Equipment and techniques used in radio-frequency identification (RFID) would be extended, according to a proposal, to enable short-range, two-way communication between electronic products and host computers. In one example of a typical contemplated application, the purpose of the short-range radio communication would be to transfer image data from a user's digital still or video camera to the user's computer for recording and/or processing. The concept is also applicable to consumer electronic products other than digital cameras (for example, cellular telephones, portable computers, or motion sensors in alarm systems), and to a variety of industrial and scientific sensors and other devices that generate data.
Until now, RFID has been used to exchange small amounts of mostly static information for identifying and tracking assets. Information pertaining to an asset (typically, an object in inventory to be tracked) is contained in miniature electronic circuitry in an RFID tag attached to the object. Conventional RFID equipment and techniques enable a host computer to read data from and, in some cases, to write data to, RFID tags, but they do not enable such additional functions as sending commands to, or retrieving possibly large quantities of dynamic data from, RFID-tagged devices. The proposal would enable such additional functions.
The figure schematically depicts an implementation of the proposal for a sensory device (e.g., a digital camera) that includes circuitry that converts sensory information to digital data. In addition to the basic sensory device, there would be a controller and a memory that would store the sensor data and/or data from the controller. The device would also be equipped with a conventional RFID chipset and antenna, which would communicate with a host computer via an RFID reader.
The controller would function partly as a communication interface, implementing two-way communication protocols at all levels (including RFID if needed) between the sensory device and the memory and between the host computer and the memory. The controller would perform power management and other tasks essential to operation, and would encrypt data if necessary.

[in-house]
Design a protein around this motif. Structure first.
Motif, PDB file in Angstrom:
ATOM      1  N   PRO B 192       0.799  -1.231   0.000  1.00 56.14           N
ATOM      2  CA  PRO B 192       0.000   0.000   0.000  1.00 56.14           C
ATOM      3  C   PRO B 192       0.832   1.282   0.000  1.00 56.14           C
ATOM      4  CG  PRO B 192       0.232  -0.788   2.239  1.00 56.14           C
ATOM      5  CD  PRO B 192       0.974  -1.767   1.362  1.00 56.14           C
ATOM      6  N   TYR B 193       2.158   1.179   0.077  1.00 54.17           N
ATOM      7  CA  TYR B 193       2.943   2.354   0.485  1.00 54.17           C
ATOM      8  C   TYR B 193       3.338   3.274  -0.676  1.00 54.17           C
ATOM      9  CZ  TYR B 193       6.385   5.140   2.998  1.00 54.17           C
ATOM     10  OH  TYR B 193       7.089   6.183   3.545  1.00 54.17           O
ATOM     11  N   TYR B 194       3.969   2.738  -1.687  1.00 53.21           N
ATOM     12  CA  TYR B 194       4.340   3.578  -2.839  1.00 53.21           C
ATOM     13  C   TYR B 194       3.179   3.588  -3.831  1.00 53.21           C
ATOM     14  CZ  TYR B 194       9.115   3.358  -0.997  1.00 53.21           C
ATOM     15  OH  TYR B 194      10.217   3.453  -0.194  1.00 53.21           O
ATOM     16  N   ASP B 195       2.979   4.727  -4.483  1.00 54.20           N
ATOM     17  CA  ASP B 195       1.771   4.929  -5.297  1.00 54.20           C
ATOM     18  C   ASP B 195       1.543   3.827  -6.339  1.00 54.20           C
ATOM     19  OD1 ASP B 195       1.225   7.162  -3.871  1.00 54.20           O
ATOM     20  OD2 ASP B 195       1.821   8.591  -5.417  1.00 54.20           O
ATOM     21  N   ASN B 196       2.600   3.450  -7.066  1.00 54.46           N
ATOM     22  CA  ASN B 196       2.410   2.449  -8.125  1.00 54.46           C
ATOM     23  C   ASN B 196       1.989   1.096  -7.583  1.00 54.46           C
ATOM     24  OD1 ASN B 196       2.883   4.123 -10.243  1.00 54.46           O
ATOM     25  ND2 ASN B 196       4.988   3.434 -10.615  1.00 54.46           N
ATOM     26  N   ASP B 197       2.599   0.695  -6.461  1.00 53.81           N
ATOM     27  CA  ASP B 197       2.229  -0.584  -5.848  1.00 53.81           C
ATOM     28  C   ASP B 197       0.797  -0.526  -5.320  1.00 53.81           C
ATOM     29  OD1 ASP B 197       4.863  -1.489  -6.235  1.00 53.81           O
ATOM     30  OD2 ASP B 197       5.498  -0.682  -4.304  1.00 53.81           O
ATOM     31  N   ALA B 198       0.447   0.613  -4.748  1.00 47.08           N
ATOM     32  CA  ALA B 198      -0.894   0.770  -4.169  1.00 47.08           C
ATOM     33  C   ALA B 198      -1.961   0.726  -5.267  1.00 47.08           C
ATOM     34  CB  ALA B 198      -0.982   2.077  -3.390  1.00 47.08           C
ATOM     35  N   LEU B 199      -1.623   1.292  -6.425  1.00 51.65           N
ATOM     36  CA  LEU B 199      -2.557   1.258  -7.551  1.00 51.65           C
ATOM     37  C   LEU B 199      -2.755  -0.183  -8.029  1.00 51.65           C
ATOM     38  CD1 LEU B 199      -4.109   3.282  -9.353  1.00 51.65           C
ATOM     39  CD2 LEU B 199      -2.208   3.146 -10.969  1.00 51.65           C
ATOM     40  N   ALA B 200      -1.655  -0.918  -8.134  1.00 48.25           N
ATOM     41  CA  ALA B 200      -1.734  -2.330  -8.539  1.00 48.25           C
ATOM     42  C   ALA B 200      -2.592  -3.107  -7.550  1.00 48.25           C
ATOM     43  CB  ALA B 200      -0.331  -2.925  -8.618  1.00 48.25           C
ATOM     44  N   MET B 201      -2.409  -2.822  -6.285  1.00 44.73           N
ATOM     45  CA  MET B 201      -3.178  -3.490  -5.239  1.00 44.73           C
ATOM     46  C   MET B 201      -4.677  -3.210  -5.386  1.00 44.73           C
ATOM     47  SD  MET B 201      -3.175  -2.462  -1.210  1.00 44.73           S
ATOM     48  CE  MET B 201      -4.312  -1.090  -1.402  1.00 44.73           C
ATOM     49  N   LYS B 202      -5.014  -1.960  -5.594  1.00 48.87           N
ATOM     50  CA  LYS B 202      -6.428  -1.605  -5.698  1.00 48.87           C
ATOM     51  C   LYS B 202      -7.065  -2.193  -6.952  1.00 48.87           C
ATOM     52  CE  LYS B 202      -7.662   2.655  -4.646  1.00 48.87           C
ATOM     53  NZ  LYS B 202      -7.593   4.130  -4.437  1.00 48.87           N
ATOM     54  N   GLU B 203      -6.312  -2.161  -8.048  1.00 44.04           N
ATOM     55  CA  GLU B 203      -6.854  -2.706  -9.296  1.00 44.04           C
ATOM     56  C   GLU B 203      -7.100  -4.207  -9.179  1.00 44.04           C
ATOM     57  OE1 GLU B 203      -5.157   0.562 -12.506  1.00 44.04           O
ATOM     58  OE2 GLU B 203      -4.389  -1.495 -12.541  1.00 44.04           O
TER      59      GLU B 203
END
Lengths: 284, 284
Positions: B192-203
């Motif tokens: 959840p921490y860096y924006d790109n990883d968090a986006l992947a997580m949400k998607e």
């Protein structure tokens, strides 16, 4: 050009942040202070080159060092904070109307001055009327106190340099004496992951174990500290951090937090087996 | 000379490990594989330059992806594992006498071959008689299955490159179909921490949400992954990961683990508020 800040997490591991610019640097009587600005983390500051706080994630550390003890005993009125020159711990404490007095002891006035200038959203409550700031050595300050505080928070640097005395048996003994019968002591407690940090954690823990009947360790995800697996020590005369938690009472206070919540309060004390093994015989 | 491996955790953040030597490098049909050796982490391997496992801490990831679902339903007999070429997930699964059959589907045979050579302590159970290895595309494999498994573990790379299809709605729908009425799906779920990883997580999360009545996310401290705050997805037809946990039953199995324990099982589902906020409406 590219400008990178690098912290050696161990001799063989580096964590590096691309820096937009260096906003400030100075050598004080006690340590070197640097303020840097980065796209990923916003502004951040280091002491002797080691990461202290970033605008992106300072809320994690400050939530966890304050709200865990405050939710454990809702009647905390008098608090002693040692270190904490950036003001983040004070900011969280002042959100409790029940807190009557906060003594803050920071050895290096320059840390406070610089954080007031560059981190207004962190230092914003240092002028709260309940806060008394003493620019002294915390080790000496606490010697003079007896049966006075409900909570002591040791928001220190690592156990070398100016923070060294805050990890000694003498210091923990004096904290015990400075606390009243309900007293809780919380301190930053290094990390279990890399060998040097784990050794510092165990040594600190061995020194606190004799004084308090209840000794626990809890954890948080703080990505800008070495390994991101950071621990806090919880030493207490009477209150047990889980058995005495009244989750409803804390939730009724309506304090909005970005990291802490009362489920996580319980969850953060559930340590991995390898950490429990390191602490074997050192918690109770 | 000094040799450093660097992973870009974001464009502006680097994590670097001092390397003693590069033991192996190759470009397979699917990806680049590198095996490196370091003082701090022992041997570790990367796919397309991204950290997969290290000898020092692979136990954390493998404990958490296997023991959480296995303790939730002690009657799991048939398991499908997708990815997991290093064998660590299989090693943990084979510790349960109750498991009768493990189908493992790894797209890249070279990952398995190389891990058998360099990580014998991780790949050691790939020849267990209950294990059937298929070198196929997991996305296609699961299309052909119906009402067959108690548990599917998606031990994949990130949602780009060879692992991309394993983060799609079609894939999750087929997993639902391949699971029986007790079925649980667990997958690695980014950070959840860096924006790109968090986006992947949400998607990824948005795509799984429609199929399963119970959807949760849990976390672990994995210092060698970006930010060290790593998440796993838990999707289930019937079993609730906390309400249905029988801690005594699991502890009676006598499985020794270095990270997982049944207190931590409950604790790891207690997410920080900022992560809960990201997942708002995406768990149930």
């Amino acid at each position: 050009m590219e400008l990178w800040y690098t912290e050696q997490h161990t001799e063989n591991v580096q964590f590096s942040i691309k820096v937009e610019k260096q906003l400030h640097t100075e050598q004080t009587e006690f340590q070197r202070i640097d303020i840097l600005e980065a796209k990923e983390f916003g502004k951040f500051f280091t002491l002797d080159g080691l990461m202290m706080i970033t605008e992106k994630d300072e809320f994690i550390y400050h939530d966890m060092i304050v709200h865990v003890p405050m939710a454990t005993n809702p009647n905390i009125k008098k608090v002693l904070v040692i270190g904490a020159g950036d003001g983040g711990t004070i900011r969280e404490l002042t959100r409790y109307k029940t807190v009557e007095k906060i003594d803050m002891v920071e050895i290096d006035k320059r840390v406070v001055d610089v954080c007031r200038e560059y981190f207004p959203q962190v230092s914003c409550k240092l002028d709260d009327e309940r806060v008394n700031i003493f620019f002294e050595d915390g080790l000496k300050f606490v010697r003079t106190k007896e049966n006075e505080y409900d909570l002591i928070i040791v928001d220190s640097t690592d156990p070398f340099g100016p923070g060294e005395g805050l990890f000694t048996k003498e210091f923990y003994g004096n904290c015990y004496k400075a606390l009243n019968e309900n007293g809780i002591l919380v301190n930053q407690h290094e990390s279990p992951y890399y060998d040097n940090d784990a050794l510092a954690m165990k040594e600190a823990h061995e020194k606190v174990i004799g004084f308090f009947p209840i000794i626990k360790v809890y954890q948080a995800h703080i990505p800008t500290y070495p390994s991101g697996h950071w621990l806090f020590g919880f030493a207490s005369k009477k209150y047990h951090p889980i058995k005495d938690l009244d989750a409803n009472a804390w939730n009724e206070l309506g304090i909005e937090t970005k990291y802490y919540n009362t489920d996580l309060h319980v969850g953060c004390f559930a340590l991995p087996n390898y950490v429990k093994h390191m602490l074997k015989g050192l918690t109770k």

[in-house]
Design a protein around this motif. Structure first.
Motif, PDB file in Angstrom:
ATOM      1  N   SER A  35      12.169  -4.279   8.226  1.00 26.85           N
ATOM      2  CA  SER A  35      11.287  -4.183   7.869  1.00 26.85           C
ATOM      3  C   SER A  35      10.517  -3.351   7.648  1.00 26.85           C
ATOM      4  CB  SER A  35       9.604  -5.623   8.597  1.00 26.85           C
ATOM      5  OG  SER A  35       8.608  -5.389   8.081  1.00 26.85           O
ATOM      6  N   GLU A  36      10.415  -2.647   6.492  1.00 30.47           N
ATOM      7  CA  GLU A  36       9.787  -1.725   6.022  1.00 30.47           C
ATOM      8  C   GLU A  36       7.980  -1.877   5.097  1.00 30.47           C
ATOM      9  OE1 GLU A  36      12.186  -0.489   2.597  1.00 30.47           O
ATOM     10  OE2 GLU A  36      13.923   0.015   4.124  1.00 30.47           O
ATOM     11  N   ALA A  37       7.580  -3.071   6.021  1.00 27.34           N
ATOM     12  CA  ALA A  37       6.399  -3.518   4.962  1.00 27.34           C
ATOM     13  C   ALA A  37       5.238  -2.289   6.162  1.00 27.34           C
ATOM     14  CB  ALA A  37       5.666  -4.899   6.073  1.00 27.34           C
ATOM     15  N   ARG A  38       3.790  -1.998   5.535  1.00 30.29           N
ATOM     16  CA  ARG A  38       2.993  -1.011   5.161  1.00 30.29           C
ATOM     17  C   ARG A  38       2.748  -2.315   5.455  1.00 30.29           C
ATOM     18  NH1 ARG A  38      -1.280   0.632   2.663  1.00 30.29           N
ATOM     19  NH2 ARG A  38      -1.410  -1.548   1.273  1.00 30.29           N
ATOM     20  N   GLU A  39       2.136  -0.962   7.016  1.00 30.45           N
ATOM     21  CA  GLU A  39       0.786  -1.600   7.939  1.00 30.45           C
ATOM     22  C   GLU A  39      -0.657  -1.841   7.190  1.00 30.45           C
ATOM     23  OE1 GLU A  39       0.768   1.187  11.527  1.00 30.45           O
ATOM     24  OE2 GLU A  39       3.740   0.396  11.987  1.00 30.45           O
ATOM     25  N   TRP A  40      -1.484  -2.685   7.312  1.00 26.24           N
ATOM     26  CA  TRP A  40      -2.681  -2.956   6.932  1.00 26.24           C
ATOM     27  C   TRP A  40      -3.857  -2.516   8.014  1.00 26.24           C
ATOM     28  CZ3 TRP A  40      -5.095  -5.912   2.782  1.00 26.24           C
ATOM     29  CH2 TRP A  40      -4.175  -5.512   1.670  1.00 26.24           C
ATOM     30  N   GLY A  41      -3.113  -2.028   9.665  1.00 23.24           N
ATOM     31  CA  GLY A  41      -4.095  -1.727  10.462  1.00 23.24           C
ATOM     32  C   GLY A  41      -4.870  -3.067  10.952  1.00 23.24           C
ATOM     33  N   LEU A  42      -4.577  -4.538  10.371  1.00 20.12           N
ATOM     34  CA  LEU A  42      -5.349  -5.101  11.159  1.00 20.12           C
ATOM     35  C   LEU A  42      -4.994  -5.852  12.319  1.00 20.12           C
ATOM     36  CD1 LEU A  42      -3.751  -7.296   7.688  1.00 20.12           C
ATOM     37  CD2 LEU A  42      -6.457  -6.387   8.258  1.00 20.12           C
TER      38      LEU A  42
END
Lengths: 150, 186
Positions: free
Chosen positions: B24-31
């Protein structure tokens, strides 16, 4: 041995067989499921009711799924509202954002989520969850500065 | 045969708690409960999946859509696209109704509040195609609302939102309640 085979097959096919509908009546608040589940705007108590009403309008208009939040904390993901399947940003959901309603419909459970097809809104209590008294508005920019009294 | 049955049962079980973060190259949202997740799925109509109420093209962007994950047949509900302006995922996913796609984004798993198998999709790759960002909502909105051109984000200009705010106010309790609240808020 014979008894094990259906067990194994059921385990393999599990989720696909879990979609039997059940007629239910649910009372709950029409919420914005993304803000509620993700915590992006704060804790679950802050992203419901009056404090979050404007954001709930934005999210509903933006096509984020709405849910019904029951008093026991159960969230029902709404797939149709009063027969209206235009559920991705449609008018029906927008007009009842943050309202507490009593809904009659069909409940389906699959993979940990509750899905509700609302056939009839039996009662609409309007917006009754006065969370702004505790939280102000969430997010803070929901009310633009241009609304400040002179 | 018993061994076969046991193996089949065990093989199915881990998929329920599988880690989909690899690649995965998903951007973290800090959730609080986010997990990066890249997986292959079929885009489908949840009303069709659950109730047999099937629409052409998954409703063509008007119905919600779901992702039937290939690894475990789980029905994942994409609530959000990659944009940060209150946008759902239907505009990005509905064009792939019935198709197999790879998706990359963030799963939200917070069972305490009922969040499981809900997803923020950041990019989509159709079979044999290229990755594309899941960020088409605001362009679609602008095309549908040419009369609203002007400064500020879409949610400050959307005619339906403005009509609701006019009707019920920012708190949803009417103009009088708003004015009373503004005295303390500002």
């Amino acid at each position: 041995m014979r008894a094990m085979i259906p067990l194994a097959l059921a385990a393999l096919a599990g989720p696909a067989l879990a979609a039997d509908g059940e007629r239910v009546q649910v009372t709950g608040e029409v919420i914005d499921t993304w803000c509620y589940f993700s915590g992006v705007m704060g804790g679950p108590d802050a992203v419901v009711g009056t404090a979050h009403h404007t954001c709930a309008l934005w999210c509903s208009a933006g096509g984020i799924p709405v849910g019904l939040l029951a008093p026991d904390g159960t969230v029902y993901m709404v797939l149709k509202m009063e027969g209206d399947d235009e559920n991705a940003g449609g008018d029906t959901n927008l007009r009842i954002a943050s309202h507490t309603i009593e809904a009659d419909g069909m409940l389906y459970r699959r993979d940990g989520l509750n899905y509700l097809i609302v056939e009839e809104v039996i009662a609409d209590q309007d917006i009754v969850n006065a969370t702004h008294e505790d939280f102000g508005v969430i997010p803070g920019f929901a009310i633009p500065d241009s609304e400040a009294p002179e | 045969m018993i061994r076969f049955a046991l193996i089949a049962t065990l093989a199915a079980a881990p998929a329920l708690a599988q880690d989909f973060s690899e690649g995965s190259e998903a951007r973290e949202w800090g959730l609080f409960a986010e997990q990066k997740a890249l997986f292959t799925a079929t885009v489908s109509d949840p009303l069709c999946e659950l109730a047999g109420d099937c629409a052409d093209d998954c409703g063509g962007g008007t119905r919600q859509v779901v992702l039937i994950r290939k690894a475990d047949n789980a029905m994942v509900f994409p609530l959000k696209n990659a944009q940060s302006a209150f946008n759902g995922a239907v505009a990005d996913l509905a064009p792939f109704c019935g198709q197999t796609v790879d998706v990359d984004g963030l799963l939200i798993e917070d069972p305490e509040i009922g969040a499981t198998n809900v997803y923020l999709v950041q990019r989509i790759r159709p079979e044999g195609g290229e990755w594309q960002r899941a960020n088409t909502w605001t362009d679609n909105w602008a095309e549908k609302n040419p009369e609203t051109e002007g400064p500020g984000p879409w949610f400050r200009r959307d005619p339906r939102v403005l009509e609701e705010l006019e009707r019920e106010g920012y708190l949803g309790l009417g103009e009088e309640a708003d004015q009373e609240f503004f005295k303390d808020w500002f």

The RFID chipset would handle RFID communications (including implementing RFID protocols in cooperation with the controller). As in ordinary RFID tags, the RFID chipset would accept RF power received via the antenna, convert the RF power to DC power, and distribute the power both within itself and to any other circuitry as needed. The RFID chipset would interact with the controller to pass data from the sensor memory to the host computer and/or to pass commands from the host computer.
The host computer would control the RFID reader. The host computer would contain application software and/or firmware that would enable the user to communicate with the sensory device and process data received from the sensory device.
This work was done by Thomas Jedry and Eric Archer of Caltech for NASA's Jet Propulsion Laboratory. For more information, download the Technical Support Package (free white paper) at www.techbriefs.com/tsp under the Electronics/Computers category.
In accordance with Public Law 96-517, the contractor has elected to retain title to this invention. Inquiries concerning rights for its commercial use should be addressed to:
Refer to NPO-43144, volume and number of this NASA Tech Briefs issue, and the page number.